The money changers: international police are investigating a complex drug-money laundering operation based on the ancient hawala money transfer system, which has links in Dubai, Turkey, Afghanistan and Italy.

Author:Jones, Rhys

AS EUROPEAN AND US authorities continue their investigations into the apparent presence of an international money-laundering ring based in Dubai, the issue of cash laundering and its connections to the Gulf has once again reared its ugly head.

In late 2006, as part of a global sting operation--the Italian tax police arrested several Pakistanis living in Carpi, a town near Modena in northern Italy. They also issued an arrest warrant for an Indian, Kumar Jain Naresh, commonly known as Patel, who lives in Dubai and allegedly runs what authorities call an informal bank, where deposits come in from drug sales around the world, and transfers go out to drug barons in places like Turkey.

The investigation, dubbed 'Operation Khyber Pass', began as a typical drug bust but led authorities to a Dubai-centred international financial organisation spanning from South America to Australia. In Italy, it marks the first time authorities have found proof of the hawala system, rather than couriers, being used to move drug money.

Hawala, which means 'transfer' in Arabic, is an alternative or parallel remittance system, which exists and operates outside of, or parallel to 'traditional' banking or financial channels. The system works by transferring money without actually moving it. Interpol defines hawala as "money transfer without money movement".

The system has been used for hundreds of years to move money across distances and around legal and financial barriers in South Asia and the Middle East. Billions of dollars flow through this informal and anonymous system. It is mainly used by low-income Asian workers to remit money to their home countries but US security officials believe that Al Qaeda is still using the system to move money to its operatives around the world.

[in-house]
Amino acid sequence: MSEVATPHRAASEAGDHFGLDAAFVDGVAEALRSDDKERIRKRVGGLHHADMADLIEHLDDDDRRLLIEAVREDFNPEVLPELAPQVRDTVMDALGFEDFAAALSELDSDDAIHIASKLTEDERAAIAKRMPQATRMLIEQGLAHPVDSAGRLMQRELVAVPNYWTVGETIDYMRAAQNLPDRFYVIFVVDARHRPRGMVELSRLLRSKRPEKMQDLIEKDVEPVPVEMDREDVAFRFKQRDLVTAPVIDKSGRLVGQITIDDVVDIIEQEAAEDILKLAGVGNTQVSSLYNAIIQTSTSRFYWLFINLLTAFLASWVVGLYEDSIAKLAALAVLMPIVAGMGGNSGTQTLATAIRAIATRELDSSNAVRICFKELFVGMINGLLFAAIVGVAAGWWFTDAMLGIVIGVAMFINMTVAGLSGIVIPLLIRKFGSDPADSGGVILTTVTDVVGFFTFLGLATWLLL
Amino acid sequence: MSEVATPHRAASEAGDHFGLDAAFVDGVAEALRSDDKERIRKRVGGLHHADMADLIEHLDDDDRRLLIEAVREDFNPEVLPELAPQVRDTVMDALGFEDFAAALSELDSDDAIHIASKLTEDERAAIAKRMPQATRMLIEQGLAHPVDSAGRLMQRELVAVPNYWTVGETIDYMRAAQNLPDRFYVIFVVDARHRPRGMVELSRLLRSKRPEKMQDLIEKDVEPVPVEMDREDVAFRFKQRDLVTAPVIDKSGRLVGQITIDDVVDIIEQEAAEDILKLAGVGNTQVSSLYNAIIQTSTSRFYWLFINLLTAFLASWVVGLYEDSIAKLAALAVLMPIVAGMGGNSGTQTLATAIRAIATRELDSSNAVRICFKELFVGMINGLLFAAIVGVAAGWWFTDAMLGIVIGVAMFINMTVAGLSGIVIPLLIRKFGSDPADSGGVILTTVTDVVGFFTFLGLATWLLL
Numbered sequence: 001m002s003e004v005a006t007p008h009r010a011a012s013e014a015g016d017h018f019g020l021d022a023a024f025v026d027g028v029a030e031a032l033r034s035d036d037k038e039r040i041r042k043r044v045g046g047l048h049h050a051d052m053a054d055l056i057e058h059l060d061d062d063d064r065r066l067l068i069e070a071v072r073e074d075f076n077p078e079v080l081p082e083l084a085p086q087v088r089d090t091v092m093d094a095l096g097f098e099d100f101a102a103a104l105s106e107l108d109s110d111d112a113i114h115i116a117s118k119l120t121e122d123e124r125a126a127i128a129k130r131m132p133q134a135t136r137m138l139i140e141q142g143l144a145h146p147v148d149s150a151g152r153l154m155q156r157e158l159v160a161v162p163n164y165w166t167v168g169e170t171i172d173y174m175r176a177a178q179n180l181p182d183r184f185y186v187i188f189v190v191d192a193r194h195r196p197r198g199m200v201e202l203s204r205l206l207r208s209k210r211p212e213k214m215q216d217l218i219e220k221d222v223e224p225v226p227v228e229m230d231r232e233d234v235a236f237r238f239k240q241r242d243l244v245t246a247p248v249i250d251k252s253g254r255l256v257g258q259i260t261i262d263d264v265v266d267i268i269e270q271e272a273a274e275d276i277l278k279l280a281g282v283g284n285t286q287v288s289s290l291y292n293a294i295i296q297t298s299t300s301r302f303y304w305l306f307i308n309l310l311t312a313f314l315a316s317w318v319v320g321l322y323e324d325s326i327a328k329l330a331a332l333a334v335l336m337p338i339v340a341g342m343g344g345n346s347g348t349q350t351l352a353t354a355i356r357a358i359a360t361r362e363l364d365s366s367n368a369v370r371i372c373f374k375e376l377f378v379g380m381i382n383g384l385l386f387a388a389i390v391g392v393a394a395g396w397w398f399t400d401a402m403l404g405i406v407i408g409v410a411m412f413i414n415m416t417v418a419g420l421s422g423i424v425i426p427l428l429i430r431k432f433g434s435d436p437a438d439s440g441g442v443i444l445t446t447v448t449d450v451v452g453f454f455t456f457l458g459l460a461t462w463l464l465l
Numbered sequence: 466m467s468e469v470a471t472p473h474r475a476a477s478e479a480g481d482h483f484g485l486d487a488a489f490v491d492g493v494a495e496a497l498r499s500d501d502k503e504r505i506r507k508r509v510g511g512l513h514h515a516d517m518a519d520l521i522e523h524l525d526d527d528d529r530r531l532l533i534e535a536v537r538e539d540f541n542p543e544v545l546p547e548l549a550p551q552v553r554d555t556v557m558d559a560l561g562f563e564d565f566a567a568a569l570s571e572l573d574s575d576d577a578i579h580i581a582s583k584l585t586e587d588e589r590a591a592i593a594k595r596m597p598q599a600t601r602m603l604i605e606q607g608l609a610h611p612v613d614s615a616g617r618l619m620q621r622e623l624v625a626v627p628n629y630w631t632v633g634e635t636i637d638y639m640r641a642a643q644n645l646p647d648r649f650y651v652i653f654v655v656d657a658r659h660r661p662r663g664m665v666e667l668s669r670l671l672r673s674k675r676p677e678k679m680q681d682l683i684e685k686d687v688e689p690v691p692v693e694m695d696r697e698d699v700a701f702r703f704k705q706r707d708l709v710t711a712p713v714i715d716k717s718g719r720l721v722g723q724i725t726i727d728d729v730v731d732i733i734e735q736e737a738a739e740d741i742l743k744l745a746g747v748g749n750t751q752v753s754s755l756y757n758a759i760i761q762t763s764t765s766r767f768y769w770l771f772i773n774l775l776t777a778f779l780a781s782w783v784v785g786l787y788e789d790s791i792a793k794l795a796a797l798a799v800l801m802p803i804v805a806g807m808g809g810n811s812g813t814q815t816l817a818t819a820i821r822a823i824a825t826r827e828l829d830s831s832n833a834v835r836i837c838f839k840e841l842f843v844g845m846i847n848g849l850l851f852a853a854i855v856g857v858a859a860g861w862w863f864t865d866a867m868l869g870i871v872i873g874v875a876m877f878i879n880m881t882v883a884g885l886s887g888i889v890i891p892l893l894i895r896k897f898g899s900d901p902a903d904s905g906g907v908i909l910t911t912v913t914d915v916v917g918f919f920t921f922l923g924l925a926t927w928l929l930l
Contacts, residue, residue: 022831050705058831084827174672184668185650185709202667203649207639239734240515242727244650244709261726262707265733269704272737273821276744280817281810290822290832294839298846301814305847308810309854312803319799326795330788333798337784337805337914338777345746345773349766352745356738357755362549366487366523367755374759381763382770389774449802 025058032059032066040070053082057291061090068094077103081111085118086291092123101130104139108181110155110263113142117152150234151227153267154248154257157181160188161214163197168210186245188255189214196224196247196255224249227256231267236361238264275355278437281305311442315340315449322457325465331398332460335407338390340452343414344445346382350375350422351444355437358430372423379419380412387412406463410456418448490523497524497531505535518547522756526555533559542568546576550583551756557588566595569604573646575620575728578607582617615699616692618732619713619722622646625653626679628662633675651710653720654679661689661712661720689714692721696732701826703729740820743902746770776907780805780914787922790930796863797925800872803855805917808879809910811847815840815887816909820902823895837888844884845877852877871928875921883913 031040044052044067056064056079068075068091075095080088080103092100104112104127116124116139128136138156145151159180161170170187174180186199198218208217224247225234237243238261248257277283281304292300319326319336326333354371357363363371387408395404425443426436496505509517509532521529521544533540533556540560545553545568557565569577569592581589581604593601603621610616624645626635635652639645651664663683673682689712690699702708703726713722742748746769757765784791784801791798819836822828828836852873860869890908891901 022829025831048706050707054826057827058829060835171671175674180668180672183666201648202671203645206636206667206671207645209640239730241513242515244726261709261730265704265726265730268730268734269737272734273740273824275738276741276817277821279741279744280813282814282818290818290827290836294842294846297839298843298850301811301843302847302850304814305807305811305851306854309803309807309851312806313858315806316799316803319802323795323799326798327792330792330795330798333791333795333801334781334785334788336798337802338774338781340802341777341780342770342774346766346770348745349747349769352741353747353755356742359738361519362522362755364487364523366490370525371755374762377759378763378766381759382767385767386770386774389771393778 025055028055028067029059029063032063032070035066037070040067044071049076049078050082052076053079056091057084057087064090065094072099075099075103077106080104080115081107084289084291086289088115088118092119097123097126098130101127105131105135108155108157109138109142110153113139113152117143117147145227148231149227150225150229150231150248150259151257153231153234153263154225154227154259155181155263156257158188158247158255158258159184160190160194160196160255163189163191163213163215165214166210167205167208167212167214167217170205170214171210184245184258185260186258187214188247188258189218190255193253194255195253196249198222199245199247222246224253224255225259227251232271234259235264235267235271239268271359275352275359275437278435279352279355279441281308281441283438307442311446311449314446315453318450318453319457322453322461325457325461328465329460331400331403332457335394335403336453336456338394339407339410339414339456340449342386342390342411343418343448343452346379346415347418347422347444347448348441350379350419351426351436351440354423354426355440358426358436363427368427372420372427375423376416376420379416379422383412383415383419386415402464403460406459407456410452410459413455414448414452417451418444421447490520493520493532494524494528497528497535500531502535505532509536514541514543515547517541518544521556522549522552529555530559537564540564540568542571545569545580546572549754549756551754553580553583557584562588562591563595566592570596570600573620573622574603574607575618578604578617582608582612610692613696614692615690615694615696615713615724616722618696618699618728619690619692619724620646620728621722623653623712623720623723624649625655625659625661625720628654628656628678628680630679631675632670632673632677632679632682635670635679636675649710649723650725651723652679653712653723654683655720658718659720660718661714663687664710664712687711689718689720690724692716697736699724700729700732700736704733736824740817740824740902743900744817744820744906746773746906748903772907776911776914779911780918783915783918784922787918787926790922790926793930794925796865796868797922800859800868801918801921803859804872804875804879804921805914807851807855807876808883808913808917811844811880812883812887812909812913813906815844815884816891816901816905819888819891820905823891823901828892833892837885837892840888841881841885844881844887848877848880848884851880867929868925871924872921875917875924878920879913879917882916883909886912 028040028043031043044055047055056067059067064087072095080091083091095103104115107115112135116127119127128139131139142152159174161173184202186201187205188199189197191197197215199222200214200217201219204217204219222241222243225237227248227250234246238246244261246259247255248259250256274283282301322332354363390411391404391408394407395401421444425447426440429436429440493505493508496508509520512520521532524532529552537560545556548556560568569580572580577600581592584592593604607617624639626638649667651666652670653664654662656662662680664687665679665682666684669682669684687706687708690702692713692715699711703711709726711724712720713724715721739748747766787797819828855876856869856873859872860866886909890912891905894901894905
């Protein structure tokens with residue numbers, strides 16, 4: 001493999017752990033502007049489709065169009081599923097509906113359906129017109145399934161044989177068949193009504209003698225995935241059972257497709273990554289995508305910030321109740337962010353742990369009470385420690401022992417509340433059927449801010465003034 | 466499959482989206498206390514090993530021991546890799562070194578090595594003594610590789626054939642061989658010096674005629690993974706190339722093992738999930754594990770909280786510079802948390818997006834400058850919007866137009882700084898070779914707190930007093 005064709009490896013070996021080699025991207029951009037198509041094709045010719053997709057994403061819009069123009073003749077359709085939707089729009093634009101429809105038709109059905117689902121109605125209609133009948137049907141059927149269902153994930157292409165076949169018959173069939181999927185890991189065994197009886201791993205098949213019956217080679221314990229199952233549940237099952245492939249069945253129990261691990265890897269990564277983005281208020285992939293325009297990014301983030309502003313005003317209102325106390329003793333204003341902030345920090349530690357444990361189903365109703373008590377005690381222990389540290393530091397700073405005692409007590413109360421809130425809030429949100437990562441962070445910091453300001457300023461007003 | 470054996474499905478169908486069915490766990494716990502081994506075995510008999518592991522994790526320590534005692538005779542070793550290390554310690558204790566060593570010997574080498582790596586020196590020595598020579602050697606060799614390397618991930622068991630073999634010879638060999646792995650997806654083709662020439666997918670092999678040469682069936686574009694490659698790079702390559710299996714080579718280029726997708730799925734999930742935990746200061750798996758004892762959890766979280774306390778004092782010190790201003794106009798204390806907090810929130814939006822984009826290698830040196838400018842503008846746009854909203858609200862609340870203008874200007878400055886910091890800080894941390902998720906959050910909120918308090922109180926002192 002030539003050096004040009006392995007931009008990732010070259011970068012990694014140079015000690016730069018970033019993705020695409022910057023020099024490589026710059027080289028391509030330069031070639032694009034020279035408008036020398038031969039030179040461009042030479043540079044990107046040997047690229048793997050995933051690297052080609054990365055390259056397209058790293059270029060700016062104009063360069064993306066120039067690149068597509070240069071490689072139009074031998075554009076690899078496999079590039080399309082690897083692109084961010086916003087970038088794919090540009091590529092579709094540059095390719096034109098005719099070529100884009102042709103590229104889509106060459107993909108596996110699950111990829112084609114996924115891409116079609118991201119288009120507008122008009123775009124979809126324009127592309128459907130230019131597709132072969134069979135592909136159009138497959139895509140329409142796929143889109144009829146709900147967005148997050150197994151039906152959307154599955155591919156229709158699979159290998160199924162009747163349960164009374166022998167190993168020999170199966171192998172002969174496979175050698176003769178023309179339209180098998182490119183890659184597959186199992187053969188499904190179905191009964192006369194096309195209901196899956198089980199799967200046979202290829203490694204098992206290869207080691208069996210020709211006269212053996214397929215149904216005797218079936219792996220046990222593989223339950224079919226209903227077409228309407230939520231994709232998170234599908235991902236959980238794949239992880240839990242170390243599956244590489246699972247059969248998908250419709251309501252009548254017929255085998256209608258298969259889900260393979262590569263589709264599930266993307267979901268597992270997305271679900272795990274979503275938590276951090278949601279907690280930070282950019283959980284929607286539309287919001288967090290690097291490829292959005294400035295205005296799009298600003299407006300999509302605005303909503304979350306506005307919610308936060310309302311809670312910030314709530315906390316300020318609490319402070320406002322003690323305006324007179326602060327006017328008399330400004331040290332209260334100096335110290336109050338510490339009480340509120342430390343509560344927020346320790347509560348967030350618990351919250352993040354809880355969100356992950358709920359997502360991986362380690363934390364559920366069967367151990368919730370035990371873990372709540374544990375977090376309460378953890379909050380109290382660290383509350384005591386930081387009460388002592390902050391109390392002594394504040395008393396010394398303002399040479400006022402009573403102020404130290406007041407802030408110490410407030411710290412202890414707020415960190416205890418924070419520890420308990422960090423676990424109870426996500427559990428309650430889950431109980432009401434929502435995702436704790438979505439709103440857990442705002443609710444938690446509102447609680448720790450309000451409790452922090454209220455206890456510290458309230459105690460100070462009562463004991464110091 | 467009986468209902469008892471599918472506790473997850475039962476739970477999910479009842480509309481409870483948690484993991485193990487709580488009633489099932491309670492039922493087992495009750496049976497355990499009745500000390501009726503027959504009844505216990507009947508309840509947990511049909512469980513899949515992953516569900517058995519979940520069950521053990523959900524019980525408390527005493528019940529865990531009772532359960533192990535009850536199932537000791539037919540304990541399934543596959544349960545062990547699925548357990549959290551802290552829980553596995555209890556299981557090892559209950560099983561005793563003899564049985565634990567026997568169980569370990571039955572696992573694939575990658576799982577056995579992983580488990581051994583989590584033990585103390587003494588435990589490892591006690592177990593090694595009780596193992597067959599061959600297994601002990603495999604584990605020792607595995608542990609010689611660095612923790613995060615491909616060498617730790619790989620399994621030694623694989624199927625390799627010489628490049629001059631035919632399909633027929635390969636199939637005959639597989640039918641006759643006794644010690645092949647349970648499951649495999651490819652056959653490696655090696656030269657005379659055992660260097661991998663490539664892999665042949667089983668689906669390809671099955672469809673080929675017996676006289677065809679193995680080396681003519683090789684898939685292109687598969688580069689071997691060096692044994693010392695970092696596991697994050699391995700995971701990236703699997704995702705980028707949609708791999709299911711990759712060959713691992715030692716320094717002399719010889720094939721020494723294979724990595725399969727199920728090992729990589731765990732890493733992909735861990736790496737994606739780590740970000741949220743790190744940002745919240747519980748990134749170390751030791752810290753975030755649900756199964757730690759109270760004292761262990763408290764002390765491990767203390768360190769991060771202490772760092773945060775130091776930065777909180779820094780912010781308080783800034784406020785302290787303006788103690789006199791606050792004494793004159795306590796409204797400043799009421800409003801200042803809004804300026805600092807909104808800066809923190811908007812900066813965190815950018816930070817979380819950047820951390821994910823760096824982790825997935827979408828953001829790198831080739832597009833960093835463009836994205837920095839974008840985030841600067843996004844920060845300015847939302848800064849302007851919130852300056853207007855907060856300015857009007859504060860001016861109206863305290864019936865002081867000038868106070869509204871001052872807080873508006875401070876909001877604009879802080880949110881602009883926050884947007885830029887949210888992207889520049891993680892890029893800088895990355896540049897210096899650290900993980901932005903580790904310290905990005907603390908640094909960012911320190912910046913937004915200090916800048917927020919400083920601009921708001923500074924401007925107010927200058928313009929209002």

Typically, a transaction begins with a visit to a hawala broker, known as a hawaladhar. The person wanting to send money gives the broker the sum of money (in dollars or another convertible currency) to be transferred, plus a fee and the name and location of the person he wants the money delivered to. The hawaladhar in turn contacts a counterpart in the receiving country to make payment to the beneficiary.

No money actually crosses any borders and no money necessarily enters the conventional or official banking system. Transactions rest upon a single communication between hawaladhars and is often not recorded or guaranteed by a written contract. The trust between the two hawaladhars secures the...

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